Treatment of the house and yard is sometimes still necessary in areas highly infested with fleas.

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Allergic Skin Disease In Dogs

Diagnosis Of Allergic Dermatitis:

Once flea allergy is eliminated or controlled, then other aspects of the problem can be addressed-‑such as food allergy, contact allergy, and inhaled allergies (atopy).

Diagnosis will require a thorough examination by your dog’s veterinarian, along with a detailed history of your dog’s medical symptoms.

Your dog’s veterinarian may need to perform some basic diagnostic tests to rule out other diseases which can produce very similar symptoms. These tests may include a routine blood screen, skin scrapings, and cultures of the skin looking for fungal, yeast, or bacterial infections.

“Allergy testing” may eventually need to identify the specific allergens (allergy-causing substances) involved.

In addition to a therapeutic trial with a medication to control fleas, a therapeutic trial with a miticide (medication which kills mites) might also be suggested as a means of ruling out certain forms of mange which can appear similar to an allergy clinically.

Feeding trials with special hypo-allergenic diets which have a decreased tendency to produce an allergic reaction may be suggested as well.

Dogs can be allergic to a wide variety of substances, and your dog may be allergic to more than one item at the same time.

 

Treatment Of Allergic Skin Disease In Dogs

Treatment will vary depending on your dog�s condition and individual circumstances.

Quite often, medicated shampoos and ointments are used.

Sometimes food additives, such as fatty acid supplements, are advised, or even special hypo-allergenic (low allergy) diets.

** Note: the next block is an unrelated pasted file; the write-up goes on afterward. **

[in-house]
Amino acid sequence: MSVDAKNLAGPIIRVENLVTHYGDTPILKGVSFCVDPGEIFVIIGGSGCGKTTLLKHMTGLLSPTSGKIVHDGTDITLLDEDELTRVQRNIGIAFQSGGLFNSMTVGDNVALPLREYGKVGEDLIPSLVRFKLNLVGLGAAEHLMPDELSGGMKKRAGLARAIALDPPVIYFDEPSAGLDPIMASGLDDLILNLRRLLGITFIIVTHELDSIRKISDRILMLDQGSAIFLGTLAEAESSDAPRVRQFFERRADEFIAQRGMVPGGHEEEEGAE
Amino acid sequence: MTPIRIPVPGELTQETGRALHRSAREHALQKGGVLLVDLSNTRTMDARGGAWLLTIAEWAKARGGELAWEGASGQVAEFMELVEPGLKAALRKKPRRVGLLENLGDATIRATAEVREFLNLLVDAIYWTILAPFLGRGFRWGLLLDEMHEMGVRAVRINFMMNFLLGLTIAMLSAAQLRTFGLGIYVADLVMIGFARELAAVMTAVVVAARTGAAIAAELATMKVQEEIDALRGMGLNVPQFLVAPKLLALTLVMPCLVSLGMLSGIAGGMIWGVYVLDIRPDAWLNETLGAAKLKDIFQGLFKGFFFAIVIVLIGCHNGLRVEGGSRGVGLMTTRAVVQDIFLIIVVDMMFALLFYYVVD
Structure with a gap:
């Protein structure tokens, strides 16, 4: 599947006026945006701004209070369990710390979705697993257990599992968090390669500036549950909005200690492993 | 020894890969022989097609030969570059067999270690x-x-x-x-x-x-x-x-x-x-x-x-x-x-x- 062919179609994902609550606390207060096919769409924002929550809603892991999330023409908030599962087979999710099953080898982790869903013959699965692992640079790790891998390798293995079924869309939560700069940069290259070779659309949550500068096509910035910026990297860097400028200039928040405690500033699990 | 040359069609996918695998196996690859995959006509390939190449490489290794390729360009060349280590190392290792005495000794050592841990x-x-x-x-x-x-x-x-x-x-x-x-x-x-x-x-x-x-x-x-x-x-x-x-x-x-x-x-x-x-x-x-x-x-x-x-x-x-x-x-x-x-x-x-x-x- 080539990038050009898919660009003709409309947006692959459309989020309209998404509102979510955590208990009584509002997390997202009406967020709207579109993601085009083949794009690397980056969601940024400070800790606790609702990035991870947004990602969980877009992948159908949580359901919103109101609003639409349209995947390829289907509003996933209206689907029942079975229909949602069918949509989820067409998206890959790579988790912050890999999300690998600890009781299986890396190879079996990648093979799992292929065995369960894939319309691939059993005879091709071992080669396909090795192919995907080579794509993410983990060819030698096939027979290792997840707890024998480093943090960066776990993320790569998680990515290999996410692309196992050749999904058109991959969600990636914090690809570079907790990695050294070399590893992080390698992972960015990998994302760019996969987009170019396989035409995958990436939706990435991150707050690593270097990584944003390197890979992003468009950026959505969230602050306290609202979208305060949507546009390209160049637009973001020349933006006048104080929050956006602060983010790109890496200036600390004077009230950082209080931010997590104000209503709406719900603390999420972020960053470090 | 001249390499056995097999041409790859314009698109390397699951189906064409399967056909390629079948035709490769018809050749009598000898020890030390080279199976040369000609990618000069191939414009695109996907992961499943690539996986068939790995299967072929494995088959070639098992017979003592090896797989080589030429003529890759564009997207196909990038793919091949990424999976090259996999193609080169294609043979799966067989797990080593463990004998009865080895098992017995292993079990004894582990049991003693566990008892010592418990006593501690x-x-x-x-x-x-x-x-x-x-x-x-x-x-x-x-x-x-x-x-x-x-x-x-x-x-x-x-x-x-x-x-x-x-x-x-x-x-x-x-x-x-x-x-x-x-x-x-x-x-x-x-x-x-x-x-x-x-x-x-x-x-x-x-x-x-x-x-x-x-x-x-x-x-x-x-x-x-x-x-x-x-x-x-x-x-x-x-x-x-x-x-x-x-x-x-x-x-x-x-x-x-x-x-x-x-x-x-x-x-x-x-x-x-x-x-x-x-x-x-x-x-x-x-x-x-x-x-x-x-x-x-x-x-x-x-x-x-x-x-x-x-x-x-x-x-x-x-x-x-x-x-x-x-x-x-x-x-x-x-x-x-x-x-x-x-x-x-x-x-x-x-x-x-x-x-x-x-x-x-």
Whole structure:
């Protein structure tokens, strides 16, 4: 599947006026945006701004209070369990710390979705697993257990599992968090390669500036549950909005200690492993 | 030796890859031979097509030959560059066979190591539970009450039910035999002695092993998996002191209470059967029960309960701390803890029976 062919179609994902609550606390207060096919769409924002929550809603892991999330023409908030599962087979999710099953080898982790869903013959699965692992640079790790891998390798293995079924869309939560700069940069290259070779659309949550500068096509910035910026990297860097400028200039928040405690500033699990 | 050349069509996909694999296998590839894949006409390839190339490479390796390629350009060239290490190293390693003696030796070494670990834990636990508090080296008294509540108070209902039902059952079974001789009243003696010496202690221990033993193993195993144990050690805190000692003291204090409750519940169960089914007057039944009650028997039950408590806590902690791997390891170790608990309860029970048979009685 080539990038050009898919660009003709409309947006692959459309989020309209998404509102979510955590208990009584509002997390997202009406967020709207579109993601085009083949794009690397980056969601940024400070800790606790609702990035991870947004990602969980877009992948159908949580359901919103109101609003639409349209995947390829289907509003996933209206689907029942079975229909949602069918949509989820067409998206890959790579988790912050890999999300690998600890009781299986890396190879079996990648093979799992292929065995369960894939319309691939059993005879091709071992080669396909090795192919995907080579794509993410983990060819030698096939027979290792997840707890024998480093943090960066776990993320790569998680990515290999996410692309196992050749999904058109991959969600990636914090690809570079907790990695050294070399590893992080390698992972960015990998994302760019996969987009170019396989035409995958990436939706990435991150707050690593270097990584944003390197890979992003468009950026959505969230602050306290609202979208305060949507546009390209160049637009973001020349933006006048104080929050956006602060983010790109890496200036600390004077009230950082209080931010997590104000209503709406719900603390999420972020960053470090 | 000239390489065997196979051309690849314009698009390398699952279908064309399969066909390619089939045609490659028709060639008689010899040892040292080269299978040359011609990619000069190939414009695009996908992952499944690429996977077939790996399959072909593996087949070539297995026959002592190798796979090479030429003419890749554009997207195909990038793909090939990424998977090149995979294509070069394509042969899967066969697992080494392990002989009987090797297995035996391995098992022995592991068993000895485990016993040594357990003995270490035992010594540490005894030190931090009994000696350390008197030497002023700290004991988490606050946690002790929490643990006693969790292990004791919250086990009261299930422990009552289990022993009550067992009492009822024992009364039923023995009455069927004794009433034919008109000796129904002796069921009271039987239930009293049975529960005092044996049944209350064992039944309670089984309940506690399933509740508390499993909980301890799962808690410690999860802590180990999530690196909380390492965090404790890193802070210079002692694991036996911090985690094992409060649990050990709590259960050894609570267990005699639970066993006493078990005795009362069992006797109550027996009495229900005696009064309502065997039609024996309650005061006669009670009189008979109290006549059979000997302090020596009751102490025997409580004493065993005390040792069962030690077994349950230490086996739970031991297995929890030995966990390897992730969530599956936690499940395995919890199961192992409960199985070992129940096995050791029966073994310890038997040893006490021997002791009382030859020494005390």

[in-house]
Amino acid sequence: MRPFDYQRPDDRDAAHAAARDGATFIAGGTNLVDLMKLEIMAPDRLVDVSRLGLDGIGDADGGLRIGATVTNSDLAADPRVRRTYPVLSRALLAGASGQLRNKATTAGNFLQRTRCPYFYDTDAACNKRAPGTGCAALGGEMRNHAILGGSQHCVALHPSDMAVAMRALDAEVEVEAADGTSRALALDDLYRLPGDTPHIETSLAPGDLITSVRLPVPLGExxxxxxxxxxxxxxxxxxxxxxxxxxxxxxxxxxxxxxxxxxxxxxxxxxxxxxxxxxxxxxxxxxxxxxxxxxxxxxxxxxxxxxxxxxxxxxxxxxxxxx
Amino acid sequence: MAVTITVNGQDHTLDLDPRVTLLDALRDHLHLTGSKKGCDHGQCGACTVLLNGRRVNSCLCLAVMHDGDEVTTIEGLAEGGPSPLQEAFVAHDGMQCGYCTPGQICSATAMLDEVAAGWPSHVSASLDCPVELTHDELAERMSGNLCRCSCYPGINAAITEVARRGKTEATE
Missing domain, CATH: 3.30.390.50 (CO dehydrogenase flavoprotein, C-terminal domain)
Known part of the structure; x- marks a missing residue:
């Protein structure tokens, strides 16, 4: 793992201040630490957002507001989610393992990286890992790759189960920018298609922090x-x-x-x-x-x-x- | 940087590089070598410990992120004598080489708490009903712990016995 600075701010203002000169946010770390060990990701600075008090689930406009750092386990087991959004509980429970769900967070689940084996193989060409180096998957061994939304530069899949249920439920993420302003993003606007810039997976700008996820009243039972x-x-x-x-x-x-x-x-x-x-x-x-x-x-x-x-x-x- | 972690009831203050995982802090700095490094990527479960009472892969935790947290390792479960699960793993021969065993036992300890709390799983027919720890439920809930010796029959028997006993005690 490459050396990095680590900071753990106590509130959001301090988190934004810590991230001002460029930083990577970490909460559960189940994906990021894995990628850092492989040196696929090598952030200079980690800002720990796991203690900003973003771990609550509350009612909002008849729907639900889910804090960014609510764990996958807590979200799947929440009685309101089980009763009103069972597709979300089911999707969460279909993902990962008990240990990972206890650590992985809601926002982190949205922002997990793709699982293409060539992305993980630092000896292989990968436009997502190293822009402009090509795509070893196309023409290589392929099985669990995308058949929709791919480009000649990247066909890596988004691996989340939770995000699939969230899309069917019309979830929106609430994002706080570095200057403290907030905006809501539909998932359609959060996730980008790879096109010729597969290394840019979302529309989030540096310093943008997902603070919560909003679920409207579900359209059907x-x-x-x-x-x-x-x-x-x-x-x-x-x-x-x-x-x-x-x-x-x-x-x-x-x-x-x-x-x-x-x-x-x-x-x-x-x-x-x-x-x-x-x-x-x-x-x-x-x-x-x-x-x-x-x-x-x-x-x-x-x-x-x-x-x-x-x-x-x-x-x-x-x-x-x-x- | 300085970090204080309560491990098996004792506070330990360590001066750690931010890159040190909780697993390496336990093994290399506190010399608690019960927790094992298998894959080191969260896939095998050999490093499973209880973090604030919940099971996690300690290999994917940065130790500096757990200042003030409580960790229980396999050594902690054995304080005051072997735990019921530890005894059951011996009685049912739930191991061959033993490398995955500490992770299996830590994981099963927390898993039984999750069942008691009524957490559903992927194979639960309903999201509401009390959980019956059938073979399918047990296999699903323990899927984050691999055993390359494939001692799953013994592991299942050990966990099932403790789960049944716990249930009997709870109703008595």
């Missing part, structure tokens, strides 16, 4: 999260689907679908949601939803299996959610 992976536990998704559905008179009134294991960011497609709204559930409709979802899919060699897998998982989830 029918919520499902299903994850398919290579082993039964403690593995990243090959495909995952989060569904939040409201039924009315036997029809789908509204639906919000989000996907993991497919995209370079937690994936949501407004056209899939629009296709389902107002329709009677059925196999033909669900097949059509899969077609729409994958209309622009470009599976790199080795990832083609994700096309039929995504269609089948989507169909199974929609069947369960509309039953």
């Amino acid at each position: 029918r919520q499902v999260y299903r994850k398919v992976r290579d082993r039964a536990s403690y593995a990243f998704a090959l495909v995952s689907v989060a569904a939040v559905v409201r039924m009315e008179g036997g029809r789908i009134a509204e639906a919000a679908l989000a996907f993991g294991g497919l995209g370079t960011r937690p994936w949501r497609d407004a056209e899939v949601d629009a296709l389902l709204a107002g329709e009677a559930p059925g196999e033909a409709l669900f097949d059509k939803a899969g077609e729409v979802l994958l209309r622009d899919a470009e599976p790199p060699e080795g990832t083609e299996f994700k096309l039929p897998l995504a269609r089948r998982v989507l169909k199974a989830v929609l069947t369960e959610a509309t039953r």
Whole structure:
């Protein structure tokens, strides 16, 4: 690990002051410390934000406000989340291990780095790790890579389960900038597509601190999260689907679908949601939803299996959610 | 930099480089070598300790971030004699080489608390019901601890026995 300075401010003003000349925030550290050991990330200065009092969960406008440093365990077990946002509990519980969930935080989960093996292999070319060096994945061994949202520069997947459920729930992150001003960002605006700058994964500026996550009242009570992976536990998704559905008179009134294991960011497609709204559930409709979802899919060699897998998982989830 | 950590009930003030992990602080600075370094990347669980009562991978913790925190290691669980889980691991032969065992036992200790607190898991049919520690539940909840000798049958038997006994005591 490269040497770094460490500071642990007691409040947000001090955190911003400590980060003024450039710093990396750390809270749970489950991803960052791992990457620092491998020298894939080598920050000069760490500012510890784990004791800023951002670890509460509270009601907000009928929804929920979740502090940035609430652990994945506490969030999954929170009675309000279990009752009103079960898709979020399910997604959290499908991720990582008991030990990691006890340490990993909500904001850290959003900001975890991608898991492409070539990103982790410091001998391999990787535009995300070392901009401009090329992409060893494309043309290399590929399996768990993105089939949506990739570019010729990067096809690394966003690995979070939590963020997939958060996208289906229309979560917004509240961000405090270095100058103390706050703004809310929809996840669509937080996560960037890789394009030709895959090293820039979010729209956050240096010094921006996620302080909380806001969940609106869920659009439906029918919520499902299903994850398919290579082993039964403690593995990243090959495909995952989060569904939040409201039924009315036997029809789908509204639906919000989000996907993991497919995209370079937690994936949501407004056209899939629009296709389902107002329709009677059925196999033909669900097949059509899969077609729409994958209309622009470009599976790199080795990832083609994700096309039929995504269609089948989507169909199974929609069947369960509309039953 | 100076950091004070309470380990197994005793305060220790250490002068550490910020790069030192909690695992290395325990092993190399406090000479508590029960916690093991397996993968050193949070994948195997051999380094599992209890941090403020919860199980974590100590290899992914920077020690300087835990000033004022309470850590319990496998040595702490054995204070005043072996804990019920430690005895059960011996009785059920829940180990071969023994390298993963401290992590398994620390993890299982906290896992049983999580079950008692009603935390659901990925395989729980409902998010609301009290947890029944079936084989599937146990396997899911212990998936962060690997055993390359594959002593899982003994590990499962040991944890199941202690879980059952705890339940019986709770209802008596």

Other medications may be necessary as well.

  • Antihistamines are frequently used to control the symptoms of allergic dermatitis.
  • In some cases, steroid products may need to be considered as well.
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Follow your dog’s veterinarian’s recommendations in treating your dog.

 

Allergic Dermatitis And “Allergy Testing”

“Allergy testing” to determine the exact substances that your dog is allergic to may be necessary for animals with recurrent allergies or those that have allergies all year long.

“Allergy testing” is performed in one of two ways, either

  • through a blood sample or
  • through the use of an intradermal skin test.

Blood samples can be used to check for antibodies produced in response to specific antigens (allergens), thus revealing which substances your dog is allergic to.

In the intra-dermal skin test, a small amount of antigen is injected into your dog’s skin and the area is examined a short time afterward looking for signs of a reaction, usually evidenced by a welt around the injection site if the animal is allergic to the substance.

Your dog’s veterinarian will help you determine which type of testing is best for your dog.

Once the offending allergens are identified, it may be possible to formulate a desensitization plan in which your dog is introduced to small quantities of the allergen(s) in order to build up a resistance to them (hyposensitization).